Commission publishes taxation trends report - 23 August 2017
The Commission has published the latest annual Taxation trends report. The report shows that revenues from consumption taxes (including VAT and excise duties) for the EU-28 increased as a percentage of GDP in 2015. However, the share of consumption taxes out of total revenue increased only slightly to 28.7% compared to 28.5% in 2014. The report also demonstrates that the average top corporate tax rate reduced from 22.5% to 21.9% between 2016 and 2017. The Taxation trends report provides detailed statistical and economic analysis of the tax systems of the 28 EU Member States, as well as Iceland and Norway. The report also includes country chapters where, for each country, key tax indicators are provided on tax revenues as a percentage of GDP for the years ranging from 2003 to 2015. These are supplemented by tables presenting the latest tax reforms in each country.
Link to the report: https://ec.europa.eu/taxation_customs/sites/taxation/files/taxation_trends_report_2017.pdf?utm_source=POLITICO.EU&utm_campaign=4dee83c54c-EMAIL_CAMPAIGN_2017_08_24&utm_medium=email&utm_term=0_10959edeb5-4dee83c54c-189774953
ECON Committee Debates C(C)CTB and VAT - 30 August 2017
A number of tax debates took place at the ECON Committee in what was the Committee’s first work week after the summer break. The debates covered the two CCCTB proposals, as well as two VAT files on e-commerce, and administrative cooperation and the fight against fraud. As a reminder, the CCTB dossier is led by the MEP Alain Lamassoure (EPP/FRA), whilst Paul Tang (S&D/NLD) is in charge of CCCTB. On the VAT side, Catalin Sorin Ivan (S&D/ROM) is leading on e-commerce, and Ludek Niedermayer (EPP/CZE) on administrative cooperation.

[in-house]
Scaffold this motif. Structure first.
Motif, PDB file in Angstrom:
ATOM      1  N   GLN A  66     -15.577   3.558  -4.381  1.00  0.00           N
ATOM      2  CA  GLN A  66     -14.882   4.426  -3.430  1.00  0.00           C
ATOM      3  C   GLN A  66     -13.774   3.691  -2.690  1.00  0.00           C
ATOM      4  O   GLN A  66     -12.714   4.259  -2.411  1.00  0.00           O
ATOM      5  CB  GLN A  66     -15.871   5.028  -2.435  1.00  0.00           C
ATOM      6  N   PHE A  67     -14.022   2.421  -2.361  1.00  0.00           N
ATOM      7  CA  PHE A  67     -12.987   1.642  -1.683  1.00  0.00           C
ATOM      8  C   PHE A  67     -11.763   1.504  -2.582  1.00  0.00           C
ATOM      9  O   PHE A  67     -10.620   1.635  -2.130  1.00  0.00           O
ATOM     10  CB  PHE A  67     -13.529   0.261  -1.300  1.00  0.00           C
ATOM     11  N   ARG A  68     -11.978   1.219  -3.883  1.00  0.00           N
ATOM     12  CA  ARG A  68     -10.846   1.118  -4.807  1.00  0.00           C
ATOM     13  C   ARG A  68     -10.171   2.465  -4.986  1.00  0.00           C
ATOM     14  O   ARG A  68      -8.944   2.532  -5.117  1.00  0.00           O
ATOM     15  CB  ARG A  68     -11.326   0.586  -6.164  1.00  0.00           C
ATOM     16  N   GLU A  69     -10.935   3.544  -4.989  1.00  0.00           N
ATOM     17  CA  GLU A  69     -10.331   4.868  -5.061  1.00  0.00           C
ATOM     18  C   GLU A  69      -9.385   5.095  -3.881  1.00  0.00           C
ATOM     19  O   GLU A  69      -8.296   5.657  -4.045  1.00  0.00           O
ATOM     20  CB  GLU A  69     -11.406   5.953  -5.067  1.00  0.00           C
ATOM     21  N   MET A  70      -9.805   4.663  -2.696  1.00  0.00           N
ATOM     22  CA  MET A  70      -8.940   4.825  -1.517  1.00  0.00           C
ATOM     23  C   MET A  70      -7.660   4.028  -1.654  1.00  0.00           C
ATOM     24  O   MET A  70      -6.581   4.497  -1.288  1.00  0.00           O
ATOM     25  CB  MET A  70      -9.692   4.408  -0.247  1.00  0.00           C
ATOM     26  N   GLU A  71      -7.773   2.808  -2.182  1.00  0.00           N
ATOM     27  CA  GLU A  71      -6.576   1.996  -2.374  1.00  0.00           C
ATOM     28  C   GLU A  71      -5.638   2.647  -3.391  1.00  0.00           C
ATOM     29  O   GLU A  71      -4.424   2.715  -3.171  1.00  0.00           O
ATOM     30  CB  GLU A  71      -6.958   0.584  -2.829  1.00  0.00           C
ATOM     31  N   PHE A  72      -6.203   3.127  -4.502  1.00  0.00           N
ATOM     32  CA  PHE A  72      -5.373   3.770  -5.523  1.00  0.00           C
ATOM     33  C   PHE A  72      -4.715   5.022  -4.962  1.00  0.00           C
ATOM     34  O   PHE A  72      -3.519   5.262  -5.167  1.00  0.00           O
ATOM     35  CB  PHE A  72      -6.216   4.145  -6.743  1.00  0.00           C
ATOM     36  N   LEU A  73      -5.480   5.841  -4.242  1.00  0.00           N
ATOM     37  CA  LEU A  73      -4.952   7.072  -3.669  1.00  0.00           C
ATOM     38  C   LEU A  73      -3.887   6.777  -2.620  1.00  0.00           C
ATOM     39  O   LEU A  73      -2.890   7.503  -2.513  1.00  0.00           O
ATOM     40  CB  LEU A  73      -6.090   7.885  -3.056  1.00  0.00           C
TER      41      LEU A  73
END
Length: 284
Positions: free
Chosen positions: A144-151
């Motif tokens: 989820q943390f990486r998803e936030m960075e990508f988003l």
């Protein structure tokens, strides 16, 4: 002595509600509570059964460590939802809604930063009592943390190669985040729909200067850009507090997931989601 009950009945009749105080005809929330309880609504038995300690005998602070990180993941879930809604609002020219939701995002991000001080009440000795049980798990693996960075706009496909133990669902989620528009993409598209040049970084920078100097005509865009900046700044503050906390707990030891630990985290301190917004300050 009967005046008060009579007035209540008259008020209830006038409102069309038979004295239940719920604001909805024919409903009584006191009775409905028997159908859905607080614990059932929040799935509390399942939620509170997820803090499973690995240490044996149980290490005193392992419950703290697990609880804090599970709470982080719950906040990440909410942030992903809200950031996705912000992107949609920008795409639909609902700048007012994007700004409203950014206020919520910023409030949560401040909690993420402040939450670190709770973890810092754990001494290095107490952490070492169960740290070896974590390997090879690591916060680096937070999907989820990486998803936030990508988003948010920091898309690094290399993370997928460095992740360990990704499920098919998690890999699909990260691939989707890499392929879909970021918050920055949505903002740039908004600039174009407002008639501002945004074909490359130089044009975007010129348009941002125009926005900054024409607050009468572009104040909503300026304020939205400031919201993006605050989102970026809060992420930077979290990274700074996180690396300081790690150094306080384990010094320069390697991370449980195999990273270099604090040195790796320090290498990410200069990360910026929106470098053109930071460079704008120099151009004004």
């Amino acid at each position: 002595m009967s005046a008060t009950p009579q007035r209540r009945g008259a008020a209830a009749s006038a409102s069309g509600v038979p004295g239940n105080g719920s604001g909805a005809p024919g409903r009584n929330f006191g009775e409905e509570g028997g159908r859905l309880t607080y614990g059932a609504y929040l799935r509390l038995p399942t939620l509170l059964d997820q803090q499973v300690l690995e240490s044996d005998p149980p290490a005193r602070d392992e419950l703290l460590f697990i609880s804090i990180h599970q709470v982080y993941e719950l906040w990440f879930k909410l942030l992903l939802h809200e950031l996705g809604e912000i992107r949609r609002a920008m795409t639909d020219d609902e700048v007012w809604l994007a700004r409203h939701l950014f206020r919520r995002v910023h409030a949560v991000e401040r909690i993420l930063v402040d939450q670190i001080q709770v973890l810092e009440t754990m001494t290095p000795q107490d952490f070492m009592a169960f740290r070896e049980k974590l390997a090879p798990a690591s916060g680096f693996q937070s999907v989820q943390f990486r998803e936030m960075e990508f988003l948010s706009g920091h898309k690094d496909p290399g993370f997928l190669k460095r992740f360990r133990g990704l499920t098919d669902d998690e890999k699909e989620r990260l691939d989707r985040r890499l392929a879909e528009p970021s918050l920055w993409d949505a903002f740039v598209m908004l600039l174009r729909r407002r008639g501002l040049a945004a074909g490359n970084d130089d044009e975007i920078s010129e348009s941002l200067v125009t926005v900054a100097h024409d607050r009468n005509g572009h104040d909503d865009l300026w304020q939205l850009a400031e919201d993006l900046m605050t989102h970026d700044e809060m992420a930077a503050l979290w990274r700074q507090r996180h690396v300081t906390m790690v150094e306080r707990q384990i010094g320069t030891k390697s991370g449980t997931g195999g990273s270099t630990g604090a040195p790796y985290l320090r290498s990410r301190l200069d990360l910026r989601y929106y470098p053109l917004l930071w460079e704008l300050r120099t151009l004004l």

VAT: thresholds and date of implementation
By contrast, the two VAT debates went by without major disagreements. Perhaps the largest complication relates to the question of thresholds in Mr. Ivan s report on VAT for e-commerce. As a reminder, the Commission proposed that companies with annual cross-border sales below 100,000 EUR are entitled to simpler procedures for determining their clients’ place of establishment. Businesses with a threshold below 10,000 EUR would be eligible to apply their national VAT rules.
Cora Van Nieuwenhuizen (ALDE/NLD) has proposed to increase the smaller threshold to 35,000 EUR, whilst the Greens-EFA Group would like to see this threshold increased to 100,000 EUR. The larger threshold, for its part, should be reduced from 100,000 EUR to 35,000 EUR, according to the Greens. Werner Langen (EPP/GER), for his part, stated his support for the initial Commission thresholds. The rapporteurs will meet in September to try to find a compromise to the threshold question.
With regard to the file on administrative cooperation, no controversies are to be expected. Mr. Niedermayer stated that the vote “will not be complicated one”, with a mere 22 amendments tabled. The S&D group is calling for the date of entry into force of the proposal to be in 2019, rather than the Commission s proposed 2021. The Commission argues, however, that its choice of 2021 is based on practical considerations, as national tax administrations will need sufficient time to prepare for implementation.
In terms of next steps, the Committee vote will be on 9 October and Plenary on 11 November for the e-commerce dossier. For the file on administrative cooperation, no estimates have been published yet for prospective vote dates, although they are likely to take place around the same time as for e-commerce.
New VAT derogation for Croatia published - 28 July 2017